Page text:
You’ve taken a long, hard, and most importantly honest look at your online reputation, and you’re ready to do what’s necessary to improve it. Great! Whether your company is dealing with serious, persistent negative pressure from high-authority domains or just needs to polish a search result or two, here’s how to dive into the nitty-gritty work of repairing its image online.
The concept of suppression is critical to online reputation management. Basically, suppression uses positive SEO — and positive content — to reduce the impact of negative mentions, whether they’re found in snarky reviews, unflattering news stories, or a disgruntled employee’s hate site. It requires you to build a “fortress of authority” around your company’s online presence. In a nutshell, it can remove bad search results from the first page of Google by pushing them down.
Don’t worry, this kind of fortress doesn’t require you to hire a team of laborers or buy up all the bricks in your town. Its skeleton is comprised of:
Unfortunately, you can’t rely on your website, blog and allied sites to support your online reputation on their own. After all, you wouldn’t trust the sign outside your store to attract 100% of your customers, right?
As in the real world, your company needs an online “phone book” (look it up) that reaches as many people as possible. The individual components of your corporate phone book may rank high in search results: According to Socialnomics, 25% of the search results for the world’s 20 largest brands link directly to user-generated content, like online reviews and social media profiles. And, independent from what search engines think, they’re also important for creating an aura of trust and positivity around your brand.
To build your phone book, you need to claim directory listings on popular sites, like YellowPages.com and Manta, even if you don’t plan on using them to promote your business directly. Collectively, these sites receive more than 100 million unique visitors per month.
You also need to flesh out your social media profiles, especially Facebook and LinkedIn. According to Business2Community, 77% of B2C companies and 43% of B2B companies use Facebook to generate leads. Meanwhile, LinkedIn has about 100 million users in the U.S. alone and claims that 40% visit on a daily basis. It’s a good idea to have both a company profile and individual profiles, which should mention your company, for key employees.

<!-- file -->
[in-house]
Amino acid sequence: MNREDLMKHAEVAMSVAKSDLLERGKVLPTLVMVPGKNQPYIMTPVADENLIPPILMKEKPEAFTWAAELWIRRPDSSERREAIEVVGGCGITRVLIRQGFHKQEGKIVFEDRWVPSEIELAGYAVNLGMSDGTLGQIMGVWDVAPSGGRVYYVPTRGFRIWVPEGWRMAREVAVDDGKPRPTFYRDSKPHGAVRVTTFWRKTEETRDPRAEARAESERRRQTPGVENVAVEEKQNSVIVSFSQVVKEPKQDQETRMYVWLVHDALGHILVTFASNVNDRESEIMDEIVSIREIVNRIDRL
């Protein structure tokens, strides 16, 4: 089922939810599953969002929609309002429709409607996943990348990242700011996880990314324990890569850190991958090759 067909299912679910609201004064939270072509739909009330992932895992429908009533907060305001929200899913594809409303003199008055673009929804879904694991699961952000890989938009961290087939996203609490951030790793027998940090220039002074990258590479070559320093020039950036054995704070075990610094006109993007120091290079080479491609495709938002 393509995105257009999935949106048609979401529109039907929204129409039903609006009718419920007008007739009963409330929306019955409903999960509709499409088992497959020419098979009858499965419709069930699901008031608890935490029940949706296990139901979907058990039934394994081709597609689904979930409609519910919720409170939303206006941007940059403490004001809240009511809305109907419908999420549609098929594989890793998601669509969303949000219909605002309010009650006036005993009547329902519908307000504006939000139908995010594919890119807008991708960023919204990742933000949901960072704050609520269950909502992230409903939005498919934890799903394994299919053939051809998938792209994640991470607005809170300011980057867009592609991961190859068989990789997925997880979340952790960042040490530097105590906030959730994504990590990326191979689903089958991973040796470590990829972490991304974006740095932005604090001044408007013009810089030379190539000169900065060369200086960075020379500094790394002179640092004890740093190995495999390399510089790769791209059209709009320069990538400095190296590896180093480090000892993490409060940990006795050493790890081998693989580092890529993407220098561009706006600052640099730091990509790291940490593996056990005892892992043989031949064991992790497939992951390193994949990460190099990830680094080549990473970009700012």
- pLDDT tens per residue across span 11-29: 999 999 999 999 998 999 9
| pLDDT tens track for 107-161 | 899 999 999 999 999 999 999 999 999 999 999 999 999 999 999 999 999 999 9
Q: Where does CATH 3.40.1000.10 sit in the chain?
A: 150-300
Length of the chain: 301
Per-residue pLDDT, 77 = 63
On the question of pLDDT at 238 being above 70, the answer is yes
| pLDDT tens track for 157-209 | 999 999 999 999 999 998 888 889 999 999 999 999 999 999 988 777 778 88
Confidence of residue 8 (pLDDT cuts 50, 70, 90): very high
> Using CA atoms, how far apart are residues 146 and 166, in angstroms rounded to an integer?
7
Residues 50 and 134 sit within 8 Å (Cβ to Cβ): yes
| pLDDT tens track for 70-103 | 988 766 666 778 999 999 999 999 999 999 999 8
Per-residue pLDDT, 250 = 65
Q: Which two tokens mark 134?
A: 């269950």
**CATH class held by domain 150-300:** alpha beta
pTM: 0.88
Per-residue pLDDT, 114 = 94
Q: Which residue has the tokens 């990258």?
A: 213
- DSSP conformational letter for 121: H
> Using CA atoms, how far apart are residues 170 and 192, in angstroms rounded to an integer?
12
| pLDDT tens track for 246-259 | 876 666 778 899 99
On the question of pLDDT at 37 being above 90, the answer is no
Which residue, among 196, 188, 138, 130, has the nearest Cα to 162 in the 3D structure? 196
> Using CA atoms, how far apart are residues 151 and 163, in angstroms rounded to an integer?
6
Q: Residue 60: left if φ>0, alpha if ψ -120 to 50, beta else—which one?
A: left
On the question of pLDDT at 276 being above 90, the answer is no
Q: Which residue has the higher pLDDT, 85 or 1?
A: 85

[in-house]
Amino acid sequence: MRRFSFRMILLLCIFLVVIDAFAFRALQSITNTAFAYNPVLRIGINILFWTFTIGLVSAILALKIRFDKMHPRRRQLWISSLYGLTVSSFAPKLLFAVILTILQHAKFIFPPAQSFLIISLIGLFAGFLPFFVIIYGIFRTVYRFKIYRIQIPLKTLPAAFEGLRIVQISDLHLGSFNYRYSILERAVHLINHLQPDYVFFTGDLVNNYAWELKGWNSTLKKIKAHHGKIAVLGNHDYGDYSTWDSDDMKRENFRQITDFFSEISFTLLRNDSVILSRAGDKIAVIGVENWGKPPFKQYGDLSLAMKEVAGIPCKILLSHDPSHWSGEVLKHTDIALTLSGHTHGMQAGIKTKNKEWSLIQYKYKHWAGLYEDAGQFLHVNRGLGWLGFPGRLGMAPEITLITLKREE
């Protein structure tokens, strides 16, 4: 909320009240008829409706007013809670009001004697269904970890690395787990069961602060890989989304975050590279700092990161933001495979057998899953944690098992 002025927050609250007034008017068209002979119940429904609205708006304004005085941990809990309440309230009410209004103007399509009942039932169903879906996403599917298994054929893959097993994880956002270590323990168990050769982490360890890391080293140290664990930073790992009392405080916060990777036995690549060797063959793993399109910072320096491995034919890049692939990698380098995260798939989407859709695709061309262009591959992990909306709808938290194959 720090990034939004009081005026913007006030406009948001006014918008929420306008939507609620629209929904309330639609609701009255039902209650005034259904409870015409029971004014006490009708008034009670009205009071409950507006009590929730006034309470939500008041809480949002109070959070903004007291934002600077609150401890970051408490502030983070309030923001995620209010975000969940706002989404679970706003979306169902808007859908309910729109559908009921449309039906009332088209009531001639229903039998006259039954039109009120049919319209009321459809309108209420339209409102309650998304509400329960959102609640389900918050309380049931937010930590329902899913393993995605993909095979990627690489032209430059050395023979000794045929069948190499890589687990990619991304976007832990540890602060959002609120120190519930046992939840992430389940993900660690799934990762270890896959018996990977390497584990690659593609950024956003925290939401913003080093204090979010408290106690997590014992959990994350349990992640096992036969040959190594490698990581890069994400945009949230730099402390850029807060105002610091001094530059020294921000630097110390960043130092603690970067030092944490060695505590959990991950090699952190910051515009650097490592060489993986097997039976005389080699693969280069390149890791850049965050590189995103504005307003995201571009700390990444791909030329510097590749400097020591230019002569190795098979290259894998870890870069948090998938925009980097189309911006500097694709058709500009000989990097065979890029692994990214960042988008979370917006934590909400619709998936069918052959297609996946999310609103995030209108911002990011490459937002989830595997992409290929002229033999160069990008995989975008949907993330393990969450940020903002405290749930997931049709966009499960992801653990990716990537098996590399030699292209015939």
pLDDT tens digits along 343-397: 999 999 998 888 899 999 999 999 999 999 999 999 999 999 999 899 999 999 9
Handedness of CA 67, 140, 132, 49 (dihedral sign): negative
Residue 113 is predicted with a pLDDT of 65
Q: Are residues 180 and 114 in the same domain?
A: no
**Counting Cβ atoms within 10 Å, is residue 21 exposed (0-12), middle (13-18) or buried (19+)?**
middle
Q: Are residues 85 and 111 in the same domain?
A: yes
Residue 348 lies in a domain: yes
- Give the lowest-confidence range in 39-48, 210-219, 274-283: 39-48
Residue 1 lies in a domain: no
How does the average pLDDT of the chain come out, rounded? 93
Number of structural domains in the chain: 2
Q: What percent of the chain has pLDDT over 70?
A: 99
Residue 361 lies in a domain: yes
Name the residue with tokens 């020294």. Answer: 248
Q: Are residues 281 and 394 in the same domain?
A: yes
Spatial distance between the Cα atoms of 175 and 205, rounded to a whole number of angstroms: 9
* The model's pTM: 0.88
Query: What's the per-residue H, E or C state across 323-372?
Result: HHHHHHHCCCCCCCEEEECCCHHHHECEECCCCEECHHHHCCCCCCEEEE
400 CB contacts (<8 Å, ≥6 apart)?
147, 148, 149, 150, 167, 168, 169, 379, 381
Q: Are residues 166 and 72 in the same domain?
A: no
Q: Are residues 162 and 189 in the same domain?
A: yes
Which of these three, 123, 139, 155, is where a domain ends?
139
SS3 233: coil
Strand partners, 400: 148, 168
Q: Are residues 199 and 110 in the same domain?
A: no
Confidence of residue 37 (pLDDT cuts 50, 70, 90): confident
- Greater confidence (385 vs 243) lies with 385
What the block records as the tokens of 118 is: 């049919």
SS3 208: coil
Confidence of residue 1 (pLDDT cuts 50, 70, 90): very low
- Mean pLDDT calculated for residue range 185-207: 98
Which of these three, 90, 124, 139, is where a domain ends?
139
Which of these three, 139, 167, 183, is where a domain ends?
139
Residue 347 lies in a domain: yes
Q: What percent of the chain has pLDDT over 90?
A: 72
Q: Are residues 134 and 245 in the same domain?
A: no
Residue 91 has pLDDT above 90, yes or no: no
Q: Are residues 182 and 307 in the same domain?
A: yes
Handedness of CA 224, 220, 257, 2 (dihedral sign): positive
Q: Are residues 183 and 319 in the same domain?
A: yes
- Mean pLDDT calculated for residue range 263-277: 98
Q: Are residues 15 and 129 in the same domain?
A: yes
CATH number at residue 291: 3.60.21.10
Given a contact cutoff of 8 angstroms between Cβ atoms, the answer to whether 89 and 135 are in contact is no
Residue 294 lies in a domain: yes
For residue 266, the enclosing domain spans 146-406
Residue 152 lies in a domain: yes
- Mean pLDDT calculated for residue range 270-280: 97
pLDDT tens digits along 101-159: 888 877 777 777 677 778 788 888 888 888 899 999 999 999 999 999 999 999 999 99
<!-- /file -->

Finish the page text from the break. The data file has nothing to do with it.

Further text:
Multimedia exposure is key as well. No matter what your company does, it should have a YouTube channel or some other way to distribute videos online. Why? According to Forrester Research, video search results are 50 times more likely to rank on your first search results page. Wow. And users are 41% more likely to click on those results, compared to text-only entries.
It's a lot, we know. At Reputation X we use a sophisticated methodology to keep up to date and on target. If you're curious, it looks like this.
If your company is threatened by a compromising picture, video or piece of written content, you may be able to skip suppression and head right to removal. That’s right: The law offers some limited protections for individuals and businesses faced with a reputation problem.
When can you ask a search engine or publisher to remove negative content? The short answer: If it involves copyright infringement, libel / slander, or the dissemination of highly specific financial or personally identifying information, like unredacted bank account numbers attached to your business name.
Otherwise, your options include:
Of course, your best-laid reputation management plans will come to naught if you make too many unforced errors. As in the real world, you need to put your best digital foot forward and avoid preventable mistakes that draw negative attention to your company. This is even more important online, because search engines and social media sites have far longer memories than the typical human. Even if it may not be not technically true, it’s prudent to act as if everything you post online is public.
Here are a few things not to do online: